Overall, therefore, it seems that salpingostomy is heading for obsolescence, although there will still be a need for tubal surgeons with microsurgical skills for indications. This type of surgery should be to tertiary referral centres where sufficient experience will accrue to audit the results and compare them with the outcome of IVF.
1. Lilford RJ, Dalton ME. Effectiveness of treatment for infertility. Br Med
J 1987; 295: 609. 2. Bromwich P, Walker A, Kennedy S, et al. In vitro fertilisation in a small unit in the NHS. Br Med J 1988; 296: 759-61. 3. Dubois M, Stassen M, Hircourt M, et al. Comparison between micro-surgery and IVF in the treatment of tubal infertility. Hum Rep
1987; 2: 82-83. Hassiakos DK, Damewood MD, Rock JA. Neosalpingostomy for distal tubal obstruction: prognostic factors and impact of surgical technique. Fertil Steril 1990; 54: 984-90. 5. Watson AJS, Gupta JK, O’Donovan P, Dalton ME, Lilford RJ. The results of tubal surgery in the treatment of infertility in two non-specialist hospitals. Br J Obstet Gynaecol 1990; 97: 561-68. 6. Laatikainen TJ, Tenhunen AK, Venesmaa PK, Apter DL. Factors influencing the success of microsurgery for distal tubal occlusion. Arch Gynecol Obstet 1988; 243: 101-06. 7. Fifth report of the Interim Licensing Authority for In Vitro Fertilisation and Embryology 1990. Human Fertilisation & Embryology Authority, Clements House, 14-18 Gresham Street, London EC2V 7JE. 8. Daniell JF, Diamond MP, McLaughlin DS, et al. Clinical results of terminal salpingostomy with the use of the CO2 laser: report of the intra-abdominal laser study group. Fertil Steril 1986; 45: 175-78. 9. Dubuisson JB, Bouquet de Joiniere J, Aubriot FX, et al. Terminal tuboplasties by laparoscopy: 65 consecutive cases. Fertil Steril 1990; 54:
4. Schlaff WD,
401-03. 10. Lilford RJ, Watson
AJ. Commentary: has in vitro fertilization made salpingostomy obsolete? Br J Obstet Gynaecol 1990; 97: 557-60.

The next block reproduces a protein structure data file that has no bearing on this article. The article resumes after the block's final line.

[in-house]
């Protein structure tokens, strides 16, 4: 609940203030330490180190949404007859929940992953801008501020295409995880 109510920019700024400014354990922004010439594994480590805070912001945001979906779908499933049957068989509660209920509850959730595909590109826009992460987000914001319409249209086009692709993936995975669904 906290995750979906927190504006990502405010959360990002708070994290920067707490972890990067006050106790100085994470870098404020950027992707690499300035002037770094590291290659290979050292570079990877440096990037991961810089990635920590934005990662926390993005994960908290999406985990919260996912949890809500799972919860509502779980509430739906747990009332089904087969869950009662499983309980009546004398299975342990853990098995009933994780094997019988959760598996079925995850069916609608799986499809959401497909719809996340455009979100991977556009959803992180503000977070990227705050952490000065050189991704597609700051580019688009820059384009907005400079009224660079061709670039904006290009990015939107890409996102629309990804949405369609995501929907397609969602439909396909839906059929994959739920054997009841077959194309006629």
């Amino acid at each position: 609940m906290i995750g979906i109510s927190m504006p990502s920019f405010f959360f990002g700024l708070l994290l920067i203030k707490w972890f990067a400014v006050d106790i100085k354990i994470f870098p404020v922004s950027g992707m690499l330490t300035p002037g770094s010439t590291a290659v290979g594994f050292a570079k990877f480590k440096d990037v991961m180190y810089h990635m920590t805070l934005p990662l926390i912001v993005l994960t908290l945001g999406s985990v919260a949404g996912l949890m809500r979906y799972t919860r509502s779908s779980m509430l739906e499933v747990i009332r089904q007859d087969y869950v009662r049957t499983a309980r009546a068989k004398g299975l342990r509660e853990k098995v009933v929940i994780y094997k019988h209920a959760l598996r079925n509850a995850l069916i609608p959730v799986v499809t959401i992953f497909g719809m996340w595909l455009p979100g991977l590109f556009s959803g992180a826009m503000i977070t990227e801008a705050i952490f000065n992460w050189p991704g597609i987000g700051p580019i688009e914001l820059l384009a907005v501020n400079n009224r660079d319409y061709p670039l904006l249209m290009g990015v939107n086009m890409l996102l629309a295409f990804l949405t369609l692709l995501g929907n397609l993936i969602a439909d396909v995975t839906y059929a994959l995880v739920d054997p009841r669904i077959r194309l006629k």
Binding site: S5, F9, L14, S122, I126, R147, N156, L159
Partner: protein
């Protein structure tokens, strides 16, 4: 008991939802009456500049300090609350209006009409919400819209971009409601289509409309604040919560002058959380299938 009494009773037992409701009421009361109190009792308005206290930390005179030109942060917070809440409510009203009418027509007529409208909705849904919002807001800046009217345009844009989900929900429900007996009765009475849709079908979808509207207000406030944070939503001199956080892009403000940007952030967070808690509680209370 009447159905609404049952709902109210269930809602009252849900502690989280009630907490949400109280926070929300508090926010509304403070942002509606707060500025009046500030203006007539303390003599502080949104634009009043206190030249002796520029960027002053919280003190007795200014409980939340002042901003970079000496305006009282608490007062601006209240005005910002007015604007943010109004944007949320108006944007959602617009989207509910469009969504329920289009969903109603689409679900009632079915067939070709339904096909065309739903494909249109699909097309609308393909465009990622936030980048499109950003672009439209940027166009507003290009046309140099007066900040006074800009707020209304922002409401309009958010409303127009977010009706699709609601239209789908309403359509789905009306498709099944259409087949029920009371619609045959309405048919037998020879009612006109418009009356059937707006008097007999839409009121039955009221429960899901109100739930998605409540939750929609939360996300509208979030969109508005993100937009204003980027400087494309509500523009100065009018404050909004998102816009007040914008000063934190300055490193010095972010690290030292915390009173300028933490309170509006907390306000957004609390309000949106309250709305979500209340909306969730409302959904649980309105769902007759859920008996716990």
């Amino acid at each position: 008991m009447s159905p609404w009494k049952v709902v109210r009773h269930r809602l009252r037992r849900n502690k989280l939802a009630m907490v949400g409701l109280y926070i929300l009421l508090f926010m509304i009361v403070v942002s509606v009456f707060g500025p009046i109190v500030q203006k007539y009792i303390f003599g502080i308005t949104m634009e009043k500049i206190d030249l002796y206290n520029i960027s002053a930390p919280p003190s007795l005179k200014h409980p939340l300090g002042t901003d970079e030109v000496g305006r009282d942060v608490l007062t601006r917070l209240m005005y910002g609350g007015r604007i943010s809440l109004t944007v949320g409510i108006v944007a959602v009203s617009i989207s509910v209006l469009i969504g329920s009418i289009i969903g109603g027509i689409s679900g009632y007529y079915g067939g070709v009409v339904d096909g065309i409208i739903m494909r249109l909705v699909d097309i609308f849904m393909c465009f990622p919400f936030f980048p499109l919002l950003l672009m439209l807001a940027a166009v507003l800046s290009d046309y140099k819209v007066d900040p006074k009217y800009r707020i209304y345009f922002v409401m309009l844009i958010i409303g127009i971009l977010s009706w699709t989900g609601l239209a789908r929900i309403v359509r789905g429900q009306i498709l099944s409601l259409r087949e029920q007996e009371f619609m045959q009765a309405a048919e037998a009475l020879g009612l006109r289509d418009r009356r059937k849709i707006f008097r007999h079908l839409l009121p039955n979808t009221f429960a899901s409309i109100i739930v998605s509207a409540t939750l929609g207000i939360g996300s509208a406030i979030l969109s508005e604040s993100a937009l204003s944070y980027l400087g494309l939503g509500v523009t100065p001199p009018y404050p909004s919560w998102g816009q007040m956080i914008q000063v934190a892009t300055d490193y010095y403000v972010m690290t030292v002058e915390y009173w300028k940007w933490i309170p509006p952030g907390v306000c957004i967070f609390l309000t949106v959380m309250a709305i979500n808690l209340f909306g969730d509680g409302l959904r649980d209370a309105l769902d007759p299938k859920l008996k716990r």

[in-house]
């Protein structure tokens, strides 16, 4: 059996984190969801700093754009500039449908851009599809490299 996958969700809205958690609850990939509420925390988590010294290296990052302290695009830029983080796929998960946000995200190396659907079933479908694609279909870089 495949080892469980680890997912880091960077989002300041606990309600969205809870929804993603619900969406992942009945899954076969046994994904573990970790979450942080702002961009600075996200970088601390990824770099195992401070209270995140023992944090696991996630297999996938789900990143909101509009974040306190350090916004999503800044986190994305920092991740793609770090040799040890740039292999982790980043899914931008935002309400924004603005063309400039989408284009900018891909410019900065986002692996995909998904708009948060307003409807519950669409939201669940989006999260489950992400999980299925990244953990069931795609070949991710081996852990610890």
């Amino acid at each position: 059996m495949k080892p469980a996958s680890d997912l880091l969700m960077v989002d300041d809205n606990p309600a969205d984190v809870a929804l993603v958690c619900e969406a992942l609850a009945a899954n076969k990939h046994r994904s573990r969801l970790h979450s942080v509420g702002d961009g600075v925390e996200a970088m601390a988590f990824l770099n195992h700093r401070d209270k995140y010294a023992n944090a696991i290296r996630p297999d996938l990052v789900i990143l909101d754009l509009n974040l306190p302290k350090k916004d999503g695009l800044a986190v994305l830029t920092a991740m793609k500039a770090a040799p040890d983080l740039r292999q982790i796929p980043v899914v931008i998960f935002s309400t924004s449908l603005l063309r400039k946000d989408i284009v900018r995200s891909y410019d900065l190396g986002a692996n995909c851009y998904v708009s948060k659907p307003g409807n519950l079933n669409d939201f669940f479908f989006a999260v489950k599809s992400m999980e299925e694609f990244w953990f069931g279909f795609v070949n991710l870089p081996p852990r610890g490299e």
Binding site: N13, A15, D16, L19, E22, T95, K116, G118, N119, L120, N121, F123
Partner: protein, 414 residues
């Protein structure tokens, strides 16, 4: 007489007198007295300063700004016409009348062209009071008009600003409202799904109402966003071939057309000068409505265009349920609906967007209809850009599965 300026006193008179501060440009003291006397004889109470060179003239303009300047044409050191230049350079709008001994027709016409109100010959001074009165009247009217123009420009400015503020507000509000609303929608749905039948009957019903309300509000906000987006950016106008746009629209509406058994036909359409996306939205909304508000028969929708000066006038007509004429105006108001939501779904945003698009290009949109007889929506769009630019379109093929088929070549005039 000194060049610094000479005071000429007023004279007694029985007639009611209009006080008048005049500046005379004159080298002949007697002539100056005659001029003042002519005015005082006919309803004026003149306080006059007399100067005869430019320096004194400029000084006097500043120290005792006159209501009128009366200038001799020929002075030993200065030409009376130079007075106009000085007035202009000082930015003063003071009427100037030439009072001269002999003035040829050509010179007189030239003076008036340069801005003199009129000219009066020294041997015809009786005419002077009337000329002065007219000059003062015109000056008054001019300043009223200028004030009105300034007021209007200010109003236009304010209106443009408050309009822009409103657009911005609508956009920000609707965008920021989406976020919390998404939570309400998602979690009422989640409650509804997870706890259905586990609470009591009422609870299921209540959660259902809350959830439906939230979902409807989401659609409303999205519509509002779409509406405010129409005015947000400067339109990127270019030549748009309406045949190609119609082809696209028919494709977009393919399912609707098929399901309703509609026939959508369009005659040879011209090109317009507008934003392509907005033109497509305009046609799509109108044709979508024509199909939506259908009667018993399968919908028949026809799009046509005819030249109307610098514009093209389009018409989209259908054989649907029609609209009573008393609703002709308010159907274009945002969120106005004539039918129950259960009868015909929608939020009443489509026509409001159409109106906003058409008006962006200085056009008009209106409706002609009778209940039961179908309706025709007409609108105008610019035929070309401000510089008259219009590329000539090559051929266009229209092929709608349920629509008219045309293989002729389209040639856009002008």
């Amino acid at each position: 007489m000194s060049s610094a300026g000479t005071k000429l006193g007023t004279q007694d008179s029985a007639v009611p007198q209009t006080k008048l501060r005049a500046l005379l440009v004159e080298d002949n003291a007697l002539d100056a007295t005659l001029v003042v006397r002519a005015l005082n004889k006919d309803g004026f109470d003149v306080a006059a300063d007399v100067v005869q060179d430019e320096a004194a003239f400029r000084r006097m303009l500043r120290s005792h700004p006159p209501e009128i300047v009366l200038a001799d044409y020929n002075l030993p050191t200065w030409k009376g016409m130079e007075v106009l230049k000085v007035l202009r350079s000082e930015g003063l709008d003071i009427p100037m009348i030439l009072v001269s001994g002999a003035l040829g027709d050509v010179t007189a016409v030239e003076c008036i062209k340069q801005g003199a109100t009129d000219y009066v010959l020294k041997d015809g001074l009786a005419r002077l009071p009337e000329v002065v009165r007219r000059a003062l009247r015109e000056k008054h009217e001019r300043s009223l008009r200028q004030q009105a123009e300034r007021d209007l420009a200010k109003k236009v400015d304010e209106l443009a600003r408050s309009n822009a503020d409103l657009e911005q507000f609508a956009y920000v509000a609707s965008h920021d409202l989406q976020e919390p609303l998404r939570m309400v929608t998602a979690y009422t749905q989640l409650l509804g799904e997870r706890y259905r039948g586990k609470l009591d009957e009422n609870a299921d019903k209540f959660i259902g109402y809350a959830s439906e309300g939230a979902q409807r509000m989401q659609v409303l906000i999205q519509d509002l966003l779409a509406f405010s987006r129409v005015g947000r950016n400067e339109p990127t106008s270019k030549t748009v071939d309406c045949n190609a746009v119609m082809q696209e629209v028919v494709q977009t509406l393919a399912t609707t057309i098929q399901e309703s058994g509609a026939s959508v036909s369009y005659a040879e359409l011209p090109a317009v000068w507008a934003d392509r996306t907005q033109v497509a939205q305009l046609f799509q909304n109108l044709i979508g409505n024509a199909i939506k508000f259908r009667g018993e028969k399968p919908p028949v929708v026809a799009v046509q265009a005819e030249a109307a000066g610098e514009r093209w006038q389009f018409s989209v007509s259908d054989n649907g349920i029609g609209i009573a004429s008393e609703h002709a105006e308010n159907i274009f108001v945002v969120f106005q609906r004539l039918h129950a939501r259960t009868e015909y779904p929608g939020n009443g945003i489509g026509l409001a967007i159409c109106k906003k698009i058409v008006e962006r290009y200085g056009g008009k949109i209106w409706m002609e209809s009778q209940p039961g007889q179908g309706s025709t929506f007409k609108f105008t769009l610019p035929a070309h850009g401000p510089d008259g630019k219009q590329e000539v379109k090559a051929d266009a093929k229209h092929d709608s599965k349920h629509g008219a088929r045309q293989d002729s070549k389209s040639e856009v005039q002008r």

Neurological conversion disorders in childhood Conversion disorders
regarded as forms of
or as enactments of sickness2 that in present response to a predicament of which the resolution is beyond the patient’s control. Abdominal or limb pains and headaches occur without apparent organic cause in up to 20% of schoolchildren,3 but account for only 0-3% of admissions to a general paediatric hospital.The reported prevalence of conversion disorders varies from 0-5 to 10% in childhood psychiatric clinics,s°6 and is 16-7% in paediatric inpatients who are referred to psychiatrists.’That symptoms referrable to the central nervous system are the main presenting features in childhood8 accords with the observation that 65% of children seen for conversion disorders by the psychiatric service in a hospital with an active paediatric neurology department had had previous contact with neurologists.6 About 2% of paediatric neurological referrals are for conversion disorders.9,10 The most usual presentations are episodic loss of awareness such as pseudoseizures and syncope; motor dysfunction, including gait disturbances and pareses; and sensory abnormalities, mainly pain and numbness or disorders of the special senses.l,5--7,9-13 Headaches, dizziness,
sleep difficulties, eating disorders, vomiting, hiccups,
psychogenic cough, and tremors are common accompanying complaints. 11,13,14 Multiple organ systems are often involved, especially in older children.5 The most important component of assessment is observation of the child during day-today activities. This can be supplemented by videoelectroencephalography and serum prolactin measurements if pseudoseizures are suspected; by the mirror test for blindness; by Hoover’s sign when a leg is paralysed; by holding the hand over the face and letting it go, in upper limb paresis; and by sensory mapping which, in conversion disorders, reveals sharply demarcated borders that do not cross the midline or follow dermatomes.9,10 In most cases